Welcome to Our Town, the first production of Long Wharf Theatre’s fiftieth anniversary season. Long Wharf was born fifty years ago because a handful of young and idealistic theatre-lovers believed that our town deserved a world class theatre company. You will be hearing all throughout the year about our 50th, so I will not wax on in this spot about fifty years of accomplishments. Thornton Wilder’s masterwork meditation on family, community, and metaphysics was carefully chosen as the kickoff and centerpiece for the 2014-15 season. It is the perfect choice.
Wilder is the most misunderstood and underestimated of the great American playwrights. Our titans O’Neill, Williams, Miller, and Albee have earned a level of respect from critics and the academy that has somewhat eluded Wilder. Perhaps it is the size of the output: he has only three full length plays. But two of them have become blockbusters. Our Town is one of most produced works of the last seventy-five years, done by community theatre, high schools, as well as resident theatres around the country. The Matchmaker, although not nearly as ubiquitous, became the smash hit musical comedy Hello, Dolly! and made Thornton Wilder millions of dollars.
It is also worth noting that Wilder is the only American writer to have achieved equal success as both playwright and novelist. His second work of fiction, “The Bridge of San Luis Rey” won him his first of three Pulitzers at the age of thirty and Our Town his second Pulitzer a little over a decade later. Only two other writers, Samuel Beckett and Anton Chekhov, have also written equally well in both forms.
Despite the over arching American patina of his plays, Wilder’s life tells a very different story. A truly international man of letters, he counted among his close friends Gertrude Stein, James Joyce, Scott and Zelda Fitzgerald, Ernest Hemingway, and Sigmund Freud who was a fan and a friend. He was one of the world’s leading experts on James Joyce’s nearly indecipherable novel “Finnegan’s Wake”, which became the inspiration for The Skin of Our Teeth. By all reports he was a generous friend, terrific company, and a true bon vivant.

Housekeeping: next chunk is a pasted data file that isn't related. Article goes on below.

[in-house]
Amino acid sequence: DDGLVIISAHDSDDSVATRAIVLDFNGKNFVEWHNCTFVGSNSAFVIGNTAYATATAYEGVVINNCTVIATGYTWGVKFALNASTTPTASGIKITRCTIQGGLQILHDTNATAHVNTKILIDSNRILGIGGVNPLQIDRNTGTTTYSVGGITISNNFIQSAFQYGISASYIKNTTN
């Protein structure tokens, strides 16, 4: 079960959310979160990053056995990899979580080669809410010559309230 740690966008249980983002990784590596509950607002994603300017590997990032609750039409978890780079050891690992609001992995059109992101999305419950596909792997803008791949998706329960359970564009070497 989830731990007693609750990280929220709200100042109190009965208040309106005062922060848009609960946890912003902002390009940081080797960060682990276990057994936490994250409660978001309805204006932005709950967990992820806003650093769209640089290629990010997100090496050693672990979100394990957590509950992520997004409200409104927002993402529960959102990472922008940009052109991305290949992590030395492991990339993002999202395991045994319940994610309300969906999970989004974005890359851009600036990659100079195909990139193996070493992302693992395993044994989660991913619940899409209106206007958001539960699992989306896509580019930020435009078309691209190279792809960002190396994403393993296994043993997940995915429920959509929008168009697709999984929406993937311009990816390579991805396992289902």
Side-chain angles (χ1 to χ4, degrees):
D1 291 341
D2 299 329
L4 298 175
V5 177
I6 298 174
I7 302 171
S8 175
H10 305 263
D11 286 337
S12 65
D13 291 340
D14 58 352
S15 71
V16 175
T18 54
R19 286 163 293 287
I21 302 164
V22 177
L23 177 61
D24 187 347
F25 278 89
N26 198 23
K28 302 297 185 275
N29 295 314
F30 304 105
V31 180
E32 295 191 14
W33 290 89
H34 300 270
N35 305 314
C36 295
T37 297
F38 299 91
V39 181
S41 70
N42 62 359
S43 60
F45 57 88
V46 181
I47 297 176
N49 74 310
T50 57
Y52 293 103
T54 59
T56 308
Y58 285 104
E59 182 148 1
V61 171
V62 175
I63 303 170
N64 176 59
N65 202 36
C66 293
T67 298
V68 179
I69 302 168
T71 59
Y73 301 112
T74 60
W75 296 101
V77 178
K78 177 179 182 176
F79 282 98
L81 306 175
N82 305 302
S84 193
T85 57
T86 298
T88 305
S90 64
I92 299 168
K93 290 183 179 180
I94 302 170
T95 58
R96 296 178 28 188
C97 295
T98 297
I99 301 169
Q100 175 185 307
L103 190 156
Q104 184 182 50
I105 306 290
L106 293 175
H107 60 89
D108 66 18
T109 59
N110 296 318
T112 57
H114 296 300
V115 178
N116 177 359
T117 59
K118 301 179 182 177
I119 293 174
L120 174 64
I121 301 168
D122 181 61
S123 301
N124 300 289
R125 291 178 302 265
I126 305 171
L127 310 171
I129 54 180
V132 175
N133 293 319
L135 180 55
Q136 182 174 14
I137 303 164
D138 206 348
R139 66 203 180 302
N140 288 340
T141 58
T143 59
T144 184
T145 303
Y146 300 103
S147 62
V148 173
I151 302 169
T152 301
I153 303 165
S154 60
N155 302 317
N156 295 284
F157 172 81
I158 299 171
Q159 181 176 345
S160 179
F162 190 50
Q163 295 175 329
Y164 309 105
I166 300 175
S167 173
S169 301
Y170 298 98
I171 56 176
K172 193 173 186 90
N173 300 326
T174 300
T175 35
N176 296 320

Thornton Wilder was far more interesting a man than many of us realize. Still, why have we chosen Our Town, as the kickoff play for Long Wharf’s 50th anniversary?
Our town, New Haven, has changed a great deal since 1938, the year of Our Town’s premiere. Our town is a more diverse, more complicated place. Far more stratified and divided than most of us would wish, it looks very different now than when Wilder was a student at Yale and lived here in the 1910s and 20s. Our community looks very different than it did even when most of us were coming of age. Onstage tonight that is what you will see: what our town and Our Town looks like today.
The play Our Town lives on so on many levels, but one certainly is an expression of Thornton Wilder’s own longing for family and community, a feeling that perhaps so many of us share. Wilder and his siblings were separated in childhood, each sent to different schools, spread throughout the globe. Thornton was sent all the way to Shanghai, China, where his father was a diplomat. While Our Town is hardly the romantic portrayal of New England small town life with cracker barrel wisdom and values that many people believe it is, it still shows a community that lives and works and plays and dies together in one place and meaningful depictions of family life.
On a deeper level, Our Town is a work of metaphysics. It is a meditation of the quotidian against the backdrop of the stars, the mundane details in the context of eternity. We take so much for granted, our wives and husbands and friends and the mornings and the traffic lights and music and reruns on TV and grocery stores shelves filled with food, and on and on. Our Town asks an important question that we all must consider: how much of our lives do we really live?
In the 50th year of this great and important theatre, let us not take Long Wharf for granted. Let’s be sure that we ensure another fifty years of vital and valuable theatre for our town.
— Gordon Edelstein